The ousting of Ardito Barletta failed to calm the situation. Protests over Spadafora's murder and over the economic situation continued. In October the government was forced to close all schools for several days. Rising tensions also began to affect relations with the United States, which had opposed the ousting of Ardito Barletta, and even created problems within the major pro- government party, the PRD, which underwent a shake-up in its leadership.

The new administration initially attempted to reverse the rising tide of discontent by returning to the populist policies of the Torrijos era. Prices of milk, rice, and petroleum were lowered, and President Delvalle announced that any agreement with the International Monetary Fund (IMF) would be based on negotiations with labor and with the private sector. Economic realities, however, soon forced the government to impose an austerity program remarkably similar to that advocated by Ardito Barletta and to introduce, over strong objections from the unions, sweeping reforms in the labor code, designed to make Panama more attractive for foreign and domestic investment. A national strike protesting the new policies failed when Noriega and the FDP supported Delvalle. The new policies produced some economic improvement but did nothing to resolve mounting political problems.

Panama's domestic problems were paralleled by growing criticism abroad, notably in the United States. In March 1986, the Subcommittee on Western Hemisphere Affairs of the United States Senate Committee on Foreign Relations began holding hearings on the situation in Panama, and the following month hearings also began in the House of Representatives. In June a series of articles by Seymour Hersh alleging involvement by Panamanian officials in narcotics trafficking, the murder of Spadafora, and the passing of sensitive intelligence to Cuba were published in the New York Times. Both within and outside Panama, the increased criticism focused attention on the military and on General Noriega. Delvalle's civilian government found it increasingly difficult to contend with the perception that it was little more than a pliant tool of the military. These perceptions were further strengthened in October 1986, when the president, despite open protests, was forced to dismiss four cabinet ministers and appoint their replacements from a list prepared by the PRD.

Tensions also increased between the government and opposition media within Panama in 1986. Roberto Eisenman, Jr., editor of La Prensa, took refuge in the United States, alleging that there was a government plot to kill him. Radio Mundial, owned by opposition political leader Carlos Iván Zúñiga, was ordered closed. But despite increased protests and international pressures, the government's hold on power seemed unshaken.

The situation changed abruptly in June 1987. A long-time power struggle within the FDP between Noriega and his chief of staff, Colonel Roberto Díaz Herrera, led to the forced retirement of Díaz Herrera on June 1. Six days later, the colonel responded by a series of public denunciations, accusing Noriega of involvement in the deaths of Torrijos and Spadafora and of using massive fraud to ensure the victory of Ardito Barletta in the 1984 elections. The result was widespread rioting. The opposition demanded that both Noriega and Delvalle resign, and numerous civic and business groups formed the National Civic Crusade (Crusada Civilista Nacional--CCN) to press for changes in the government. As demonstrations spread, the government declared a state of emergency, suspending constitutional rights and instituting censorship. The CCN responded by calling a national strike that paralyzed the economy for several days. Violent actions by government forces and antigovernment demonstrators further polarized public opinion. The leadership of Panama's Roman Catholic Church joined in criticism of the government but urged a peaceful solution to the national crisis. Such calls were ignored by the government, which, instead, threatened to arrest those involved in the protests and seize the property of businesses that joined in the strike, closed the schools, and unleashed a virulent propaganda campaign accusing its opponents of being linked with United States interests that wanted to abort the Panama Canal treaties.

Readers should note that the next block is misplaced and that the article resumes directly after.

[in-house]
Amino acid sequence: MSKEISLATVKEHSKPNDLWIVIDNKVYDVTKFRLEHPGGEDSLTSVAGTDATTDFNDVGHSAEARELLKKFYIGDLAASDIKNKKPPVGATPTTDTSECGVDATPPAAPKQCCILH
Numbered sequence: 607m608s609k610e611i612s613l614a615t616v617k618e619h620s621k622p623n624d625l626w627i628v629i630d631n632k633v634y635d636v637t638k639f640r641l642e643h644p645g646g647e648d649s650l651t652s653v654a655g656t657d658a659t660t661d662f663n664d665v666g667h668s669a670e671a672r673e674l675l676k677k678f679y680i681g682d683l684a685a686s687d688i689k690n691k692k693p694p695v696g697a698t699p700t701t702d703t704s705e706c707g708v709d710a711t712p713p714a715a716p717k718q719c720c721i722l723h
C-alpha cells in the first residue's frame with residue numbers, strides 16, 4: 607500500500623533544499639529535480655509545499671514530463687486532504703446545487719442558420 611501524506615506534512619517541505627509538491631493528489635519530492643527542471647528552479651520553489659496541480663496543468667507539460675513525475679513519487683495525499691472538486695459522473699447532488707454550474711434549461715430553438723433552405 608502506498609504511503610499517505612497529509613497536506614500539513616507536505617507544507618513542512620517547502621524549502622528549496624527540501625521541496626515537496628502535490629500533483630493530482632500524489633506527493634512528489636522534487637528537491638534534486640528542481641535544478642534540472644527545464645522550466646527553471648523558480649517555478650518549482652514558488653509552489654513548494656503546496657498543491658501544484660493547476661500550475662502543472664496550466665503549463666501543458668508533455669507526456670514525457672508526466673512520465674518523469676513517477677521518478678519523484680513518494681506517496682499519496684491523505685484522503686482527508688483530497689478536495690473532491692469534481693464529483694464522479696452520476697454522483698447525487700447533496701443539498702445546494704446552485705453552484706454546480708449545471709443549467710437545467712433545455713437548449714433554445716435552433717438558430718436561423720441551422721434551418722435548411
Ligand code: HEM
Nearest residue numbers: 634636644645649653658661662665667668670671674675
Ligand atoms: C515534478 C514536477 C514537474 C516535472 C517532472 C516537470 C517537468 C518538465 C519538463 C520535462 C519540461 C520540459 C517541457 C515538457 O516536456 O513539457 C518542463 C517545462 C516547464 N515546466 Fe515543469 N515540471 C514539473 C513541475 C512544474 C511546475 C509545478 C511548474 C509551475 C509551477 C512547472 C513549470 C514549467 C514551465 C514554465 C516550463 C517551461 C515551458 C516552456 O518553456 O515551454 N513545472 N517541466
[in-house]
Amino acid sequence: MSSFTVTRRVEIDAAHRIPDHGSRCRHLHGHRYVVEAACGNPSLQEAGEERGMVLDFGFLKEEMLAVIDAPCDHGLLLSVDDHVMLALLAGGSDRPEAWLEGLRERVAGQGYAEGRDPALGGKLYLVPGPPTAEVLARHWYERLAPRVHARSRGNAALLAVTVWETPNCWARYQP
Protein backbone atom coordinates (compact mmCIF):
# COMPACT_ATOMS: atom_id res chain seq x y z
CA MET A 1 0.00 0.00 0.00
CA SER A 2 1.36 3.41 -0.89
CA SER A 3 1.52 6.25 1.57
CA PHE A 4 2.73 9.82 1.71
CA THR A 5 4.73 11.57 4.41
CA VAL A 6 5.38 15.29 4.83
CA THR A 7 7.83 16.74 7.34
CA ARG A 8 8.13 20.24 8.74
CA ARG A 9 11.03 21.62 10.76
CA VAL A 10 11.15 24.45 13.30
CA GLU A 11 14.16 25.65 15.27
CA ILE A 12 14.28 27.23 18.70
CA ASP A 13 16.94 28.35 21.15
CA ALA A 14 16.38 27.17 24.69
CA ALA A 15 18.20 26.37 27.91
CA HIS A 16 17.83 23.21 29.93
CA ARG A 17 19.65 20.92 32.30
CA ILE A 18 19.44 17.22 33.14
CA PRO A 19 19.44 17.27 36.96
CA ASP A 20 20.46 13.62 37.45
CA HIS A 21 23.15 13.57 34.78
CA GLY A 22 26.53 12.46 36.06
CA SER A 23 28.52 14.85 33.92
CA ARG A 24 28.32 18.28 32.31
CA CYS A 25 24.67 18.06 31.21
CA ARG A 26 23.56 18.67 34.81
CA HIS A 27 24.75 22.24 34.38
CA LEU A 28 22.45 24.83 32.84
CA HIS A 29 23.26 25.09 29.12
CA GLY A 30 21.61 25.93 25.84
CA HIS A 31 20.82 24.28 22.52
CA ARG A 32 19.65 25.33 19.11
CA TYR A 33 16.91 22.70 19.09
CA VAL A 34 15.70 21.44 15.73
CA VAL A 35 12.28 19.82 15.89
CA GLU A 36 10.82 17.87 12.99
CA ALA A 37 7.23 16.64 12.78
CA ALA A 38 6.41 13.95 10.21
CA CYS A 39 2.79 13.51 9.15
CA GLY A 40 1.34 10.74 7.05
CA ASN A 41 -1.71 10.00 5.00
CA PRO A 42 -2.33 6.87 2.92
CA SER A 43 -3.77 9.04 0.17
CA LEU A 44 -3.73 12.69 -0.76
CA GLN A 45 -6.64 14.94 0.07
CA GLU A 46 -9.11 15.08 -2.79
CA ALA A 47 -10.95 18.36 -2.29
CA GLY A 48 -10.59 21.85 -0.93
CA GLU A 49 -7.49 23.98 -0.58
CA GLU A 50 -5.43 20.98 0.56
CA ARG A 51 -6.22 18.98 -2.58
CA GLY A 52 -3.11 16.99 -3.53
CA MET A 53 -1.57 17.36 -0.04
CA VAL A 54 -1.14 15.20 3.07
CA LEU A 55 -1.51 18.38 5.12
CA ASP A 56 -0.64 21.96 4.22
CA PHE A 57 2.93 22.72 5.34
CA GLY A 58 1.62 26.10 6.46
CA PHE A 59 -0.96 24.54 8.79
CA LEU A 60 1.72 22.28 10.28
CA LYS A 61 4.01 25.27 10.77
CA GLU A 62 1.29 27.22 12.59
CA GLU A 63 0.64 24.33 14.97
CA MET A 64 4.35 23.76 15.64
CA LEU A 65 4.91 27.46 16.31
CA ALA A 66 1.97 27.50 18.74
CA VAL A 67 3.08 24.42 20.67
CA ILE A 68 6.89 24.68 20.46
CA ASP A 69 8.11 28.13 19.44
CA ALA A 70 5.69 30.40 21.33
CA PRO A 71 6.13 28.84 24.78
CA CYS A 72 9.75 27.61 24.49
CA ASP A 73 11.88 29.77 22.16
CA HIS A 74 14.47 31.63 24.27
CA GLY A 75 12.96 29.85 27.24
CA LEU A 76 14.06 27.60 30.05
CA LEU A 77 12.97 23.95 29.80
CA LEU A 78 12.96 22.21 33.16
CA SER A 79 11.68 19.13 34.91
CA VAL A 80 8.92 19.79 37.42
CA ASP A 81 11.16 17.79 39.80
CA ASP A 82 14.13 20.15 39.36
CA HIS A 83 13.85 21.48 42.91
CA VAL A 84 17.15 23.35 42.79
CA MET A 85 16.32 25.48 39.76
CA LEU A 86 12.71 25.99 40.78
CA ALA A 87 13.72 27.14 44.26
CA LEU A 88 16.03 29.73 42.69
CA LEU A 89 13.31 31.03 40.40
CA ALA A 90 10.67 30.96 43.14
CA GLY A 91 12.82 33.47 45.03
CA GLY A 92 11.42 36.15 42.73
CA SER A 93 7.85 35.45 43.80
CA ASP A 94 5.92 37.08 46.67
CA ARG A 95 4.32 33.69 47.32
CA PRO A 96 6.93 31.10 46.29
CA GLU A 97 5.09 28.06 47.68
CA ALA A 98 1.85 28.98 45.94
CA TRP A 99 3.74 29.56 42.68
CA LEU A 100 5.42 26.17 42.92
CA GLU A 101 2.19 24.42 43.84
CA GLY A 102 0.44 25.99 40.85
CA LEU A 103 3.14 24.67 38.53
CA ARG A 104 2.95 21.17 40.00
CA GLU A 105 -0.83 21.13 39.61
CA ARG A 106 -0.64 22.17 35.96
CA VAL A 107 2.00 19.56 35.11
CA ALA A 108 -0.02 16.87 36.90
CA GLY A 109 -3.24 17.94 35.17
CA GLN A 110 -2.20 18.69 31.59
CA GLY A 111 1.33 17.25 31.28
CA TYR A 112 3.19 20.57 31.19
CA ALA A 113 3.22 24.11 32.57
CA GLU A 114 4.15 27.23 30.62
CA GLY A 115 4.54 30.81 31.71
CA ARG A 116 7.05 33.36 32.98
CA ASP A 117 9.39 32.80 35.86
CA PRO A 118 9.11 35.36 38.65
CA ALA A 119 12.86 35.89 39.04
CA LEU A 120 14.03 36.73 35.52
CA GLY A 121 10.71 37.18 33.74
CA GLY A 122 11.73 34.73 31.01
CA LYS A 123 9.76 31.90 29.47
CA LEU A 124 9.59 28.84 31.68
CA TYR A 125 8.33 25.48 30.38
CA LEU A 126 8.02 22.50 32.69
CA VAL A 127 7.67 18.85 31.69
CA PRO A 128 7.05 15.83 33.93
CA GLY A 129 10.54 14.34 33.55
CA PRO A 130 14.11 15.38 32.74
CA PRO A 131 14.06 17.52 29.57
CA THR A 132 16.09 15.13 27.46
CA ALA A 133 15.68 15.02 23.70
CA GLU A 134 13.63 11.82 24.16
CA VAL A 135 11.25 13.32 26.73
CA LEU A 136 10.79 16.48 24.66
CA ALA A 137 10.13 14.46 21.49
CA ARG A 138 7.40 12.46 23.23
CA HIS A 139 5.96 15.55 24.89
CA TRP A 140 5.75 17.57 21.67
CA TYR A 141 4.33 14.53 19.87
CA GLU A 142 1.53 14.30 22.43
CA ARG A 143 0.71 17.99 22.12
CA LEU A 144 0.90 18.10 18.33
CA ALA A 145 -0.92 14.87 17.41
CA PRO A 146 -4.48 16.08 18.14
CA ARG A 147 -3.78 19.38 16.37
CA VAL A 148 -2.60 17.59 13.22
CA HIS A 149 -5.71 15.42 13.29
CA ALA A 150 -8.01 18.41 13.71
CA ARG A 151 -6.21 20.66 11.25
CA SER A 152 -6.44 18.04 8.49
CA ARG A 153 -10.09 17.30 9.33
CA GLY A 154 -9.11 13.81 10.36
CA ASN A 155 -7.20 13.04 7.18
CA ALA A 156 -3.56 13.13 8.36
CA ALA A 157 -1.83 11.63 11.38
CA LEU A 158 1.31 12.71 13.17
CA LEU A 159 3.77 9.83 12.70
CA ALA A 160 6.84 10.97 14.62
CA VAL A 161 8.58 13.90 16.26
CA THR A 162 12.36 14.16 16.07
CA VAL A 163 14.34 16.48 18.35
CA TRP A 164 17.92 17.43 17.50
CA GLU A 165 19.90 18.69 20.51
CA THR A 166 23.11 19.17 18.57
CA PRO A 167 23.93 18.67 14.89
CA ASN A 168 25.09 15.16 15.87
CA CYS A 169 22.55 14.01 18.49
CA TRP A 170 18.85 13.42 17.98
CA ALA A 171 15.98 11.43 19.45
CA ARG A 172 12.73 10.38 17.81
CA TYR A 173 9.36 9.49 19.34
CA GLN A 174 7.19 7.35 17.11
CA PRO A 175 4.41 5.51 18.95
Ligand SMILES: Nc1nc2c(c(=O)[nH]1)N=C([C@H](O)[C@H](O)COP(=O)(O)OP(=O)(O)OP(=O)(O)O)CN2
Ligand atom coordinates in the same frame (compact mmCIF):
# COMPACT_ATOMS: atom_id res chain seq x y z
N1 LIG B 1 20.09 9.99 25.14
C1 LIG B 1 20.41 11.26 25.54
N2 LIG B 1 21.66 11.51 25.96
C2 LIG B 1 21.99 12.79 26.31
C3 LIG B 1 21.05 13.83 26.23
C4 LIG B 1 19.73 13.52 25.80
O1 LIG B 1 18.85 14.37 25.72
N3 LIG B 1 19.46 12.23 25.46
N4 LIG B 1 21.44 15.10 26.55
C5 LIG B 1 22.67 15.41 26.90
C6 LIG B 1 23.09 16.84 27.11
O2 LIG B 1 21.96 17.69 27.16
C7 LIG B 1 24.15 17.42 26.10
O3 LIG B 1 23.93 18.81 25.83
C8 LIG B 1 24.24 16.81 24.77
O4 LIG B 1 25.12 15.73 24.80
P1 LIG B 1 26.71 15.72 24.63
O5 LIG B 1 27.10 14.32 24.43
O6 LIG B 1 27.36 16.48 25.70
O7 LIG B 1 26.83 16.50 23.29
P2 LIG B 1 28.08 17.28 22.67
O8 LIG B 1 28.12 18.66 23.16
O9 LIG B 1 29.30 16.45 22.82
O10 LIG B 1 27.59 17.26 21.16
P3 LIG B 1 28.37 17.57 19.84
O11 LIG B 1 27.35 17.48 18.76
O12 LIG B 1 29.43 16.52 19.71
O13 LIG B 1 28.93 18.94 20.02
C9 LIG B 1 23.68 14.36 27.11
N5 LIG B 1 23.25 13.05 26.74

The general strike collapsed after a few days, but protests did not end. Periodic protests, strikes, and demonstrations continued throughout the summer and fall of 1987. Relations with the United States deteriorated rapidly as the government charged the United States embassy with supporting the opposition and bitterly protested a United States Senate resolution calling for an investigation of the charges made by Díaz Herrera. An attack on the embassy by a mob and the arrest of United States diplomatic and military personnel by the FDP led to a suspension of military assistance by the United States. At the end of 1987, relations were more strained than at any time since the 1964 riots.

The continued civil strife also badly damaged Panama's economy. The future of the banking sector seemed especially imperiled if the deadlock between the government and its opponents should be prolonged.

In late 1987, it seemed clear that the CCN and the opposition political parties could not, by themselves, force a change in either the military or civilian leadership. Indeed, their efforts may have solidified military support behind Noriega and Delvalle. But it was equally clear that the incumbent leadership could neither restore business confidence nor stop the steady flight of capital from the country. Efforts to portray the conflict as a class struggle, or as part of a United States plot to retain control of the canal only exacerbated the situation. Restoring order, rebuilding the economy, and creating faith in the political system were formidable tasks that became more difficult with each passing month. Panama, in late 1987, was a society in crisis, with a political system that could not function effectively, but the government appeared determined to resist any effort to produce fundamental changes.